It is probably a part of the first Danish church’s cemetery that is now found south of Ribe River and just south of where the beautiful Ribe Cathedral now piles up 52 meters (170 feet) (though it is situated far below the street level because of the accumulation of hundreds of years of debris and disintegrated building materials around the church). The excavation was made at Lindegaarden that burned to the ground a few years ago.
In more than 4 meters depth (13 feet) underneath man-made cultural stratums and in an excavation area of only 127 m² (417 feet²) the archaeologists found what is probably the oldest Christian burials in Denmark. One of the reasons you can tell it is Christian burials is the way they buried people east-west, with the head at the western end of the grave and with arms and legs straight, so that the person would look towards the sun and the coming of Christ on Judgment day after arising from the dead. The bodies also were lying on their back in different kind of coffins like a dugout coffin, a trough, the body of a wagon, etc. Only one little girl brought grave goods, she wore a necklace around her neck. Radiocarbon dating tells that the skeletons belong to the time between 9th and the start of the 11th century. In other words it tells us that Christian burials were made in the 9th century in Ribe and that make them contemporary with Ansgar’s building of the first church in Denmark in Ribe.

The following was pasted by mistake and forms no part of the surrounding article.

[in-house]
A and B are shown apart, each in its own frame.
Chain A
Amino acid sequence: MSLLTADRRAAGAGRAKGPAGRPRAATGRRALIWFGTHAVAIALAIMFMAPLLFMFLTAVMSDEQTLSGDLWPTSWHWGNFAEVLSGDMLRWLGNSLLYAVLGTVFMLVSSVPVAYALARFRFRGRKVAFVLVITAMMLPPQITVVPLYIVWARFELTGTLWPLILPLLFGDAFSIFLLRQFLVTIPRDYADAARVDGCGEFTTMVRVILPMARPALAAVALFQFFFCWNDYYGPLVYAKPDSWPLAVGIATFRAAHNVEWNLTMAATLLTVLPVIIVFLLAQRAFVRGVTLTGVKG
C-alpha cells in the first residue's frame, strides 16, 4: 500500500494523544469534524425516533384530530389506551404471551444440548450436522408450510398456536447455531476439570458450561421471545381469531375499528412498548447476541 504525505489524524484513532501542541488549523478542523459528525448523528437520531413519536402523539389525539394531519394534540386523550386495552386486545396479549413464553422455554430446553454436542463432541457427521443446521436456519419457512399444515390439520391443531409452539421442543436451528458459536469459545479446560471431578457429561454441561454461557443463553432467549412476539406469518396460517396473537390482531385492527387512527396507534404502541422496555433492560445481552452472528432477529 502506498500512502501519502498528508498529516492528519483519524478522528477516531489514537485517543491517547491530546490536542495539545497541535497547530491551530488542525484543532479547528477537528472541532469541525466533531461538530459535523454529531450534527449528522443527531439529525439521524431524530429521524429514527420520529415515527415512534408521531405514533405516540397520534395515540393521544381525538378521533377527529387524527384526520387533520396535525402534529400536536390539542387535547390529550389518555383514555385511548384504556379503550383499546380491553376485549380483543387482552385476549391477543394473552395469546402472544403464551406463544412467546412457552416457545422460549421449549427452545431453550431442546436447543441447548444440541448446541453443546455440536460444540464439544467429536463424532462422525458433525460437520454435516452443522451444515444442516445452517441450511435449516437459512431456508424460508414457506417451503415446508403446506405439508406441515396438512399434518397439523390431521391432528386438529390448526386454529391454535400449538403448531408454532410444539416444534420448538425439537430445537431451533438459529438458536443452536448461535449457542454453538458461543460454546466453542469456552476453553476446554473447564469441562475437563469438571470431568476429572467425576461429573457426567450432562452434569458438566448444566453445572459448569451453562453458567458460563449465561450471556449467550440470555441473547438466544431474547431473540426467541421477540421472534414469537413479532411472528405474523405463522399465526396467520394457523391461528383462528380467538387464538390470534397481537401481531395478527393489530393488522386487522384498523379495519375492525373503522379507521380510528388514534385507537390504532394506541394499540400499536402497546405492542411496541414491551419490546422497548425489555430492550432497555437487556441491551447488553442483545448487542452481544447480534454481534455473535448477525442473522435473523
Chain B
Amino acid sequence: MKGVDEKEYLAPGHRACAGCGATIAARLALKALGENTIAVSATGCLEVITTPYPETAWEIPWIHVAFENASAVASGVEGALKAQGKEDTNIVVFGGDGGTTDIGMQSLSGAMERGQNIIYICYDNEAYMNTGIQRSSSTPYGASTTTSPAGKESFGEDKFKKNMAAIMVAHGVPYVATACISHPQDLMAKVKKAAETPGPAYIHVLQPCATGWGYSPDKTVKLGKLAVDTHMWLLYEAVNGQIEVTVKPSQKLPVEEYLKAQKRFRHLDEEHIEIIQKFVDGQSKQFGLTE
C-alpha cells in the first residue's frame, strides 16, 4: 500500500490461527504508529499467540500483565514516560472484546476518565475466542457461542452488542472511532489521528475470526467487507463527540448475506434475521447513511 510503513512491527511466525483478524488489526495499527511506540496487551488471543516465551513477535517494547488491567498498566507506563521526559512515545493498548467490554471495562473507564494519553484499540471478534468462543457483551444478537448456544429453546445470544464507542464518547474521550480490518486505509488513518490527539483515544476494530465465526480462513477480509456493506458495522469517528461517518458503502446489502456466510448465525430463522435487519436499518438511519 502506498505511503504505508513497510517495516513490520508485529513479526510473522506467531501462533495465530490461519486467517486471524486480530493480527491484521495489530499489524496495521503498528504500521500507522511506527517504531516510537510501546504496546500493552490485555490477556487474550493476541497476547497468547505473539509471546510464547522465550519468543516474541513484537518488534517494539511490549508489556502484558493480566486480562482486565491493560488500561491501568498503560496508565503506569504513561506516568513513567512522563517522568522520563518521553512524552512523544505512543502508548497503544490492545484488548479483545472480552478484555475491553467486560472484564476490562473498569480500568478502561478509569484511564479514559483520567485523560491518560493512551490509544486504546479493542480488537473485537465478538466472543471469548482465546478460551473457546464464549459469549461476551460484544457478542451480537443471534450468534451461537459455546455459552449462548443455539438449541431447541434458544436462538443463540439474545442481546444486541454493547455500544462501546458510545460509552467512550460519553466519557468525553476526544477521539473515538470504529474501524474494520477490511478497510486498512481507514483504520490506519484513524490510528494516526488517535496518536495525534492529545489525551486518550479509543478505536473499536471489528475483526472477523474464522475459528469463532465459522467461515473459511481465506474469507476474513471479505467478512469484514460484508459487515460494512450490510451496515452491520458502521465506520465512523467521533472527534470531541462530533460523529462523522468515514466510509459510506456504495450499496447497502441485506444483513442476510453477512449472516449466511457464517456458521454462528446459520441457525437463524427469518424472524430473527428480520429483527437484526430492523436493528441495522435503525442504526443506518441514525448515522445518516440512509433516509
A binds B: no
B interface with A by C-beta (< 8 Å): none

Some people might say that the first Christian church in Denmark was built in Hedeby (Haithabu) by Ansgar. I don’t know which one was first. But anyway Hedeby is now a part of Germany.
Many other very important findings were made. I will only mention what is probably Denmark’s oldest brick wall. It was a part of a dining room that belonged to the Cathedral’s canon (= priest) monastery from the middle of the 12th century to the middle of the 13th century.
During the next years the findings have to be examined and the citizens of Ribe have to rewrite Ribe’s history once again.
The archaeological excavation at Lindegården has it’s own blog, it is only in Danish but it has a lot of photos of the findings: Lindegaarden